Languages spoken in Canada: slow but steady change

August 23, 2017

By Marc Montgomery, Radio Canada International |

The latest information from Canada’s official statistics agency shows continued change in Canada’s linguistic make-up.

Statistics Canada says 93.4 per cent of Canada’s population indicate they speak either English of French ( Canada’s two official languages) on a regular basis.

However, some 7.6 million Canadians now report speaking a language other than English or French at home, an increase of 14.5 per cent over 2011 for a total of just over 22 per cent of the population.

There is also a decline of English and French as a mother tongue in Canada. In 2016, 78.9% of the Canadian population had English or French as their mother tongue, compared with 80.2% in 2011 and 82.4% in 2001.

International immigration is driving linguistic change in Canada, and traditional sources of immigration are also changing.

Those reporting a “European” language being spoken in the home is declining with Italian, Polish, German and Greek reporting declines ranging from a 10.9 per cent decline in Italian, to a 2.3 per cent decline for Greek.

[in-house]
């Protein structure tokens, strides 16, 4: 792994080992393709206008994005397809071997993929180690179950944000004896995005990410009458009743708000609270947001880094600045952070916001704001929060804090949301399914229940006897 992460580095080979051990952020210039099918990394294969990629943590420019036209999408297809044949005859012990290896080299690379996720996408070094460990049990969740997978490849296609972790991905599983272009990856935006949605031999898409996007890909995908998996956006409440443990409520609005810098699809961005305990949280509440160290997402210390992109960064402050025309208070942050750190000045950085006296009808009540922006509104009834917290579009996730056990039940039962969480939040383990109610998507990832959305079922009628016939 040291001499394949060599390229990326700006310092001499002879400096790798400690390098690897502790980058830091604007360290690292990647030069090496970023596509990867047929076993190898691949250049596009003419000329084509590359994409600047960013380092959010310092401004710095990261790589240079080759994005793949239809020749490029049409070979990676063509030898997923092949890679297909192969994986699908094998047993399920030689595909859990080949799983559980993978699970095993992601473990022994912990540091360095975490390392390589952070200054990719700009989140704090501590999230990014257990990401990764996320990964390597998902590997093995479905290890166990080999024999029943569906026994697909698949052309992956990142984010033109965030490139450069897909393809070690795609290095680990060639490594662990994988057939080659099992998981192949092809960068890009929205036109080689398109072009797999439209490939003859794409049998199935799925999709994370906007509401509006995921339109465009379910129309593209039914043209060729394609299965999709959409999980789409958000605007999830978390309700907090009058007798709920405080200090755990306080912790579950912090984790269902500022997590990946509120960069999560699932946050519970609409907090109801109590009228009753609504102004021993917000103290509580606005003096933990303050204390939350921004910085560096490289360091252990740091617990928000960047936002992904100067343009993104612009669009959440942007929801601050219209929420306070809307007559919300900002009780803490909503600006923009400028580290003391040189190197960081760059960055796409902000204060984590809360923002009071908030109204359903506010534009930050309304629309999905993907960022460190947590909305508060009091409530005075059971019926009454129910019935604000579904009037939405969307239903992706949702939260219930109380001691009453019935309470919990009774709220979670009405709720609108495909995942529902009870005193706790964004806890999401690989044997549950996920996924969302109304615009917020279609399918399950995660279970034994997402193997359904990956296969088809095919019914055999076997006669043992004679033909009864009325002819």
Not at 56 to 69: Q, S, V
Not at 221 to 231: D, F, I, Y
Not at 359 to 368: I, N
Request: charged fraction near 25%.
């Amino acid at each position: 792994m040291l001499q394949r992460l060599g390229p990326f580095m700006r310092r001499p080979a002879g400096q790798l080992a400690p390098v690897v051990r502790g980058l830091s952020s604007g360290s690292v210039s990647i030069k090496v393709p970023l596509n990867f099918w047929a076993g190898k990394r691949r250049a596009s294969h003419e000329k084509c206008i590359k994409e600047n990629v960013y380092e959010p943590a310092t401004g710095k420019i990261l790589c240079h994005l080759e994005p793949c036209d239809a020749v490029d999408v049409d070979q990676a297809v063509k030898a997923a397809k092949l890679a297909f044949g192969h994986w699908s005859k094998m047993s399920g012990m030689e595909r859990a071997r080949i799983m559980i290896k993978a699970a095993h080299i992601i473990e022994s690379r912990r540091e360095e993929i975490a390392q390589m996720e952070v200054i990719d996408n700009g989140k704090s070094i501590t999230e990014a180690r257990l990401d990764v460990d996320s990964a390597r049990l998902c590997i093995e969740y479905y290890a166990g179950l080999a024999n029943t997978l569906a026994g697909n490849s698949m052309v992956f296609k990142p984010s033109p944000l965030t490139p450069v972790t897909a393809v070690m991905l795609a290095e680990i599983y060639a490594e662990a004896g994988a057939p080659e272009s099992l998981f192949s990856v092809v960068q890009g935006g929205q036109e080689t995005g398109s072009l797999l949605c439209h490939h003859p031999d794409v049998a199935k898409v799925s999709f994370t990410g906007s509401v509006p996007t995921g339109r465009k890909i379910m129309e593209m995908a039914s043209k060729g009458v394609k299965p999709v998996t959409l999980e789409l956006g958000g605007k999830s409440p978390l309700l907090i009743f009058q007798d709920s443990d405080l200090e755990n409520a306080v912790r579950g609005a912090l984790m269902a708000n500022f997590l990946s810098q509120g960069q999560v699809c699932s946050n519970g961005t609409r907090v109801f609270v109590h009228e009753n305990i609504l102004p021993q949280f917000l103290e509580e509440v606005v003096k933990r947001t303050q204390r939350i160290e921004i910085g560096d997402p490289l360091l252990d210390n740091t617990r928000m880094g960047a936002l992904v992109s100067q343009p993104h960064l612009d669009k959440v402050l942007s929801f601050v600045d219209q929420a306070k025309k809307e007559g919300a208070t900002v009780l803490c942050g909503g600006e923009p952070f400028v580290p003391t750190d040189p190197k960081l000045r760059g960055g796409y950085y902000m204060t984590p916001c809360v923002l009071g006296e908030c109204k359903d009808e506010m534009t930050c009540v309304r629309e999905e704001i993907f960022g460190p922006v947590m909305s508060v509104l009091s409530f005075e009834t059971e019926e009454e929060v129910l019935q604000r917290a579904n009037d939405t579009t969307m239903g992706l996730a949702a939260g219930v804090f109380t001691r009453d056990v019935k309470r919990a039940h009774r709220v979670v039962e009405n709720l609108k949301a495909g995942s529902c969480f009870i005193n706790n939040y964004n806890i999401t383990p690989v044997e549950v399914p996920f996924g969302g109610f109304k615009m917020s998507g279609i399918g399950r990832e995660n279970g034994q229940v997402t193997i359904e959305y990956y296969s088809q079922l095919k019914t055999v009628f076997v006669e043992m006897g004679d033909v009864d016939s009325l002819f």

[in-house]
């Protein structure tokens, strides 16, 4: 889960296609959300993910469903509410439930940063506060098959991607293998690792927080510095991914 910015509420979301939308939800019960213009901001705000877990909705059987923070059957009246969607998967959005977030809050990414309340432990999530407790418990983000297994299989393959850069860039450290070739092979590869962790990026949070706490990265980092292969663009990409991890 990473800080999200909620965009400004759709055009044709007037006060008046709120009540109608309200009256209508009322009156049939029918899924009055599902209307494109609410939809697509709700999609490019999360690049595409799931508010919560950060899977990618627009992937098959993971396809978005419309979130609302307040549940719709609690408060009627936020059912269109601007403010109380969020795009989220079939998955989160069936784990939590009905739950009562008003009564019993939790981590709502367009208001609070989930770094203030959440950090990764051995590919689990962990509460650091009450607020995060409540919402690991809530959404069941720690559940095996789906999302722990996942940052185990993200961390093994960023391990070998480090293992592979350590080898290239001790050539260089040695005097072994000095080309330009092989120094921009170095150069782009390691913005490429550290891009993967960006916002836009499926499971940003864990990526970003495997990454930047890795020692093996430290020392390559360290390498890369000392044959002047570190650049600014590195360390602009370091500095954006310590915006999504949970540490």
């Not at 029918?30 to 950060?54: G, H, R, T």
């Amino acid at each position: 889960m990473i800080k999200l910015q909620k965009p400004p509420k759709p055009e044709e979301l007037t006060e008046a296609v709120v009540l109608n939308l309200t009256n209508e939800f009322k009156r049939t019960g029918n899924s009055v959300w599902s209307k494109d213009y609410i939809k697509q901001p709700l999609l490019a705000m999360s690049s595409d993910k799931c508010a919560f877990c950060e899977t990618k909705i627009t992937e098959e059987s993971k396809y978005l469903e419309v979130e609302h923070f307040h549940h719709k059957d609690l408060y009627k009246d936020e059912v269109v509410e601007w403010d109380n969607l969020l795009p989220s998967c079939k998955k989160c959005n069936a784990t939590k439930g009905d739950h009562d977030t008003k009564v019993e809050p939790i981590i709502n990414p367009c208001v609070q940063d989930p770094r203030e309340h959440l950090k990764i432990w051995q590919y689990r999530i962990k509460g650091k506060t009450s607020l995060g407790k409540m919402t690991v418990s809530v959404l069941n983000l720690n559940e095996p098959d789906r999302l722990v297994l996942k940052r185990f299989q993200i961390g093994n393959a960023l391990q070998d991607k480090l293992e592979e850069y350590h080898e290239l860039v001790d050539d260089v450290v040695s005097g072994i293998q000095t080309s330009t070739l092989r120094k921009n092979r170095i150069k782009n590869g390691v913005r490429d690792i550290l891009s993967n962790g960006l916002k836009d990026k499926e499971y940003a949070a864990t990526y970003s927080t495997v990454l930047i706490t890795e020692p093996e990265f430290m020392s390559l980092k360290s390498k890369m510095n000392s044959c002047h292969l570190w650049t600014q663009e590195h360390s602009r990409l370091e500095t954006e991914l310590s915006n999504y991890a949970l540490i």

The main immigrant languages spoken in Canada include Mandarin and Cantonese some 1.23 million people, while Punjabi, Spanish (latin America), Tagalog (Philipino), and Arabic each have well over half a million speakers.

Tagalog has shown the most rapid increase at over 35 per cent between 2011 and 2016, followed by Arabic, Persian (Farsi), and Hindu.

There are close to 70 aboriginal languages in Canada, but the overall numbers of speakers is relatively small at around 225,000. Cree is the most common aboriginal language at 84,000 people. Inuktitut is next at 39,000.

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